By David White, VP Technology Operations
Many businesses over the past several months have begun preparing for the GDPR (General Data Protection Regulation) regulations, the new rules passed by the EU to enhance digital protections for EU citizens. At Sentient, we have been going through our own GDPR readiness over the past 3 months to ensure that we meet all the necessary regulations to serve our customers throughout the EU and beyond when the regulation kicks in on May 25th, 2018.
As we have been going through this process, I wanted to share some key insights we have learned along the way that will not only help you understand some of the nuances of the regulation, but also understand how we are working to make sure we are GDPR compliant.
1. The GDPR explicitly defines IP Addresses as protected information
There are reasons why this does and doesn’t make sense. An IP address is somewhat akin to a phone number. It is a unique number by which a computer is known on a network or the internet. As with a phone number, calling a business does not necessarily get you to the person you wish to speak to–there may be additional numbers necessary to actually identify a person. Similarly, a single IP address may be used for an entire company. Each person in the company goes through a different IP address “for internal use only” that is then translated to the external IP address for the company (through NAT). This is similar to calling someone inside your own company by extension number, but being unable to call them with that number if you are remote. In these situations, a person cannot be uniquely identified by an IP address. For people accessing the internet from home, there may be a different technology in use that will change their IP address from time to time (DHCP). This means that the IP address you have today may not be the one you have tomorrow. Despite these frequent use cases, there may be situations where an IP address does uniquely identify a distinct individual. It is because of these situations, that all IP addresses fall under the category of protected information under the GDPR. Sentient will of course comply with this measure and treat all IP addresses as protected information.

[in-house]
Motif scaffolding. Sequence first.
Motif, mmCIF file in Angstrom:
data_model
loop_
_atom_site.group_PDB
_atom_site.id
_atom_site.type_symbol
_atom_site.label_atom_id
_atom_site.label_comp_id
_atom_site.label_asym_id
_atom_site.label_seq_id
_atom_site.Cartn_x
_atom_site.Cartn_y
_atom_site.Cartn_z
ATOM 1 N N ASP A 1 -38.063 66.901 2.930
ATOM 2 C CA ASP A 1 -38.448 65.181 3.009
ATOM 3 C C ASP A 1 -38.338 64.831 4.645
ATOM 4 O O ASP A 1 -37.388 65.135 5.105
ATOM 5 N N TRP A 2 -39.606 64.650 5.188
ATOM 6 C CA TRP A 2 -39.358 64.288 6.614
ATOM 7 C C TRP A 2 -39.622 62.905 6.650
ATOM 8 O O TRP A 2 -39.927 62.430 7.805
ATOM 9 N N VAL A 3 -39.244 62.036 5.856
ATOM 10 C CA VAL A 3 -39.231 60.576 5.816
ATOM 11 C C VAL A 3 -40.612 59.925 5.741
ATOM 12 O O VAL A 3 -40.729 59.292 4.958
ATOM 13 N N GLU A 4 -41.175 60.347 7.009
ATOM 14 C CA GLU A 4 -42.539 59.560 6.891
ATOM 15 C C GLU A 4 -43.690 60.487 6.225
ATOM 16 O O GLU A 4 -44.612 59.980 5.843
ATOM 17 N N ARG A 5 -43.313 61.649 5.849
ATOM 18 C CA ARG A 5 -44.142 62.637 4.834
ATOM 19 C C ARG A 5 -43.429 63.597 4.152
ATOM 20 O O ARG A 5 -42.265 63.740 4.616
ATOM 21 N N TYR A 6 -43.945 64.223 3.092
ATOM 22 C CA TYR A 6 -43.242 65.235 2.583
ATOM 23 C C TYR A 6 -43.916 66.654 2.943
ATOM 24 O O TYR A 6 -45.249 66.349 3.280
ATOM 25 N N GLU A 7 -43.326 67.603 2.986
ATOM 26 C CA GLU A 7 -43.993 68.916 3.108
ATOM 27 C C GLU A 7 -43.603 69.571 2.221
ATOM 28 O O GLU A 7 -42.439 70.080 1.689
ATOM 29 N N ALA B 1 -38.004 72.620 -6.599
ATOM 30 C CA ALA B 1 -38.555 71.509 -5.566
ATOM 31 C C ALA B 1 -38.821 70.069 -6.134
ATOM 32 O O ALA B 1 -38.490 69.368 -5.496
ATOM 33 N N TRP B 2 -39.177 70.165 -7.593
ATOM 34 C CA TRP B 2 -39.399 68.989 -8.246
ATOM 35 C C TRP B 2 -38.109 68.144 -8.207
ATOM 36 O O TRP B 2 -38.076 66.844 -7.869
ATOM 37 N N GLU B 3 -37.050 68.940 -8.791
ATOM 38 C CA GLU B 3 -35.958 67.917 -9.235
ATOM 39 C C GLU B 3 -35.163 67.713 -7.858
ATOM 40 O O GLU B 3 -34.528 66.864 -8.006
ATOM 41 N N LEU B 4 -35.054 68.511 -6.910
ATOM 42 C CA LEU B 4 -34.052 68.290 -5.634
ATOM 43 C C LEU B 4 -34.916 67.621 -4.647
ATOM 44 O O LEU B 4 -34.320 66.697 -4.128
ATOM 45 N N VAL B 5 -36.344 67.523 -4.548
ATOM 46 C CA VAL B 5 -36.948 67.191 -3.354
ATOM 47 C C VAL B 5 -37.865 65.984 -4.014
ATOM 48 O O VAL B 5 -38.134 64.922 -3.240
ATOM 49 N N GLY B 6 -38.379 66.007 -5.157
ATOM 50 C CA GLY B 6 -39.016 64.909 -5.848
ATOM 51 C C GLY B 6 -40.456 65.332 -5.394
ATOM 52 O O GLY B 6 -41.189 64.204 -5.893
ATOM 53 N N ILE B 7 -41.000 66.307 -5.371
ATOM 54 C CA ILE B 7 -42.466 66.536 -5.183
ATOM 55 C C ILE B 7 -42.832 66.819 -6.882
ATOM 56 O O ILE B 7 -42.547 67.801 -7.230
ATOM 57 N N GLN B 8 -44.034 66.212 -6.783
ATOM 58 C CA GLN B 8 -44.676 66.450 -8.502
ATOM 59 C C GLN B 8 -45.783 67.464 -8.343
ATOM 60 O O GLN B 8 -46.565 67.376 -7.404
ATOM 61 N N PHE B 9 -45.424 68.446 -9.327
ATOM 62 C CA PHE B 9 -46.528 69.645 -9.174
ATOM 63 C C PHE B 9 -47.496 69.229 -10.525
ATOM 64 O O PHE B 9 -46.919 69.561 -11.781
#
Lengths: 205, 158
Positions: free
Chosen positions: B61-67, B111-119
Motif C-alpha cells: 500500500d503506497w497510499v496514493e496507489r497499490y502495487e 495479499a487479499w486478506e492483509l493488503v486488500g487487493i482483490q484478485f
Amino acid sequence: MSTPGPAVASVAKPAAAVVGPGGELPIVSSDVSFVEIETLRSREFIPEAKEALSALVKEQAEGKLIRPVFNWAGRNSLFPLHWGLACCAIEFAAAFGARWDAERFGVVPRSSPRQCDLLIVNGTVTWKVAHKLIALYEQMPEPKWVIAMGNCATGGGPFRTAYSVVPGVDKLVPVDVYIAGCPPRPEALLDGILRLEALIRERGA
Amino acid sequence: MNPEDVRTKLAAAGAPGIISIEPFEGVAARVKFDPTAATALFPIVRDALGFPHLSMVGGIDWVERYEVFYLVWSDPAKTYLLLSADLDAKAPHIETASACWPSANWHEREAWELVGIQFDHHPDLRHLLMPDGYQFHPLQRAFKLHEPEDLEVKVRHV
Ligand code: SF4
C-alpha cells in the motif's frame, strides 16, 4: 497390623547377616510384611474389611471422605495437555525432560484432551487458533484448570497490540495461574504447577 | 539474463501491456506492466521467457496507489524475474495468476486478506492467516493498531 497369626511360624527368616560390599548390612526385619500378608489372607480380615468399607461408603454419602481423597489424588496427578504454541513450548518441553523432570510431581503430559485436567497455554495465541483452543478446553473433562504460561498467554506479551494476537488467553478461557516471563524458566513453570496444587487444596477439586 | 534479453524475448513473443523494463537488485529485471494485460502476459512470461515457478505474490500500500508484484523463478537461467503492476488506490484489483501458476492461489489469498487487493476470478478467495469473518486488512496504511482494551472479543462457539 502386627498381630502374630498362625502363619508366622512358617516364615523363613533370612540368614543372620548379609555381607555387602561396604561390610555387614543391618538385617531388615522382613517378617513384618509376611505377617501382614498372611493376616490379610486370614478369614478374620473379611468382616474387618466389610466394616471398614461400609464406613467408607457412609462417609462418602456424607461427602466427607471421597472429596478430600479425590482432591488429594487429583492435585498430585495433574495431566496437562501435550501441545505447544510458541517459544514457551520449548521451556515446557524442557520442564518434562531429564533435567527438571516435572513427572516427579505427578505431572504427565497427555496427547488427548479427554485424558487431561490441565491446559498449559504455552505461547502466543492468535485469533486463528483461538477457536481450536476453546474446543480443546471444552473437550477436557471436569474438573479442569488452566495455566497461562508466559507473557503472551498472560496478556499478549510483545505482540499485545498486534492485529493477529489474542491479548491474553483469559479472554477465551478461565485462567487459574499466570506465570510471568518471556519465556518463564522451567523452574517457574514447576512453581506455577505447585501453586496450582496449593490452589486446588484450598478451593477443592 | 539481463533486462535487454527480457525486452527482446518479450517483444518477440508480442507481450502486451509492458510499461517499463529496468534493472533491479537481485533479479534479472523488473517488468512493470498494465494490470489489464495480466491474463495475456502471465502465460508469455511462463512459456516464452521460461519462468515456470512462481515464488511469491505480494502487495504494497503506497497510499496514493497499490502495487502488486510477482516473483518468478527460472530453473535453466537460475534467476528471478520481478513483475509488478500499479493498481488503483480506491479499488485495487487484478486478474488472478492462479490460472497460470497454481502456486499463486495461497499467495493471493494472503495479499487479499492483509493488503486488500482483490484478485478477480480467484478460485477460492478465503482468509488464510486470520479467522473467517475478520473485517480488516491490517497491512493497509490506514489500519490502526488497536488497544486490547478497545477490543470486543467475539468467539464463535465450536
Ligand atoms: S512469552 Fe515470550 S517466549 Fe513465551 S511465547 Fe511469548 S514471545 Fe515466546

2. The best way to “store” IP addresses is not to store them at all
Given the sensitivity around IP addresses, a variety of strategies are being adopted to help mitigate the risk associated with this protected information. Some have chosen to eliminate the last few digits of the IP address and are therefore still storing partial IP addresses in order to achieve compliance with this part of the regulation. While this may or not meet the letter of the law we have decided that it does not meet its spirit, as it is possible that even partial IP addresses will be considered protected information as it can be combined with other information to potentially identify an individual. As a result, Sentient Ascend will not store IP addresses at all for any of our EU customers. This will ensure that this piece of the regulation will not have any impact on our service delivery.
3. GDPR has the concept of anonymous and pseudonymous information
What this means is that if there is any way that combined information from any data sets can identify an individual—whether they are your own or from a 3rd party, then it is not anonymous. In other words, if it is possible to combine your data with some other piece of information, anywhere in the world, and identify an individual, it is not considered anonymous. The argument has even been made that the information necessary to “un-anonymize” data does not even need to really exist. If it theoretically could exist, that is sufficient to consider data to be pseudonymized, not anonymized. This has an impact on things like how to handle an IP address or other pieces of information that appear to be anonymized by just changing one thing about them. For something to be truly anonymous it means it must remain forever anonymous, with no way for it to ever be identified
4. Comprehensive auditing is the best way to understand what information you have that needs to be protected
This may seem obvious, but it is important that you perform a detailed audit to understand not just what you have, but why you have it, and what you will need to do to protect it. This is not only a requirement of GDPR, but also a good practice. Too often data gets saved “just in case”. This is seldom a good enough reason when it comes to potentially sensitive or protected information. So before you save sensitive data “just because”, be mindful of why you need it and what liabilities may come with it if it is stored.
5. You must comply with partner requests for information
Our partners may request an audit of our data handling practices. Also, they may request us to assist them in other GDPR compliance requirements – such as handling the individual rights requests of their customers (data deletion requests, etc.), Data Protection Impact Assessments, data inventories,etc. In the event a partner makes such a request, you must escalate quickly and be prepared to assist if required. Though these requests are not without limits, it is our practice to fully comply if possible. The standard reports on data, privacy levels, mitigation strategies, and action plans all must be transparent for customers, partners, and employees. Ultimately, it is this level of transparency that is the real key to GDPR.
Questions? Contact Us
Here at Sentient, we are fully committed to the adherence of the upcoming GDPR regulations and will take the necessary steps to prepare for it when it enacts on May 25th, 2018. If you are currently involved with Sentient or are thinking of joining our list of clients and want to know more about our compliance with GDPR, please contact us at GDPR@sentient.ai.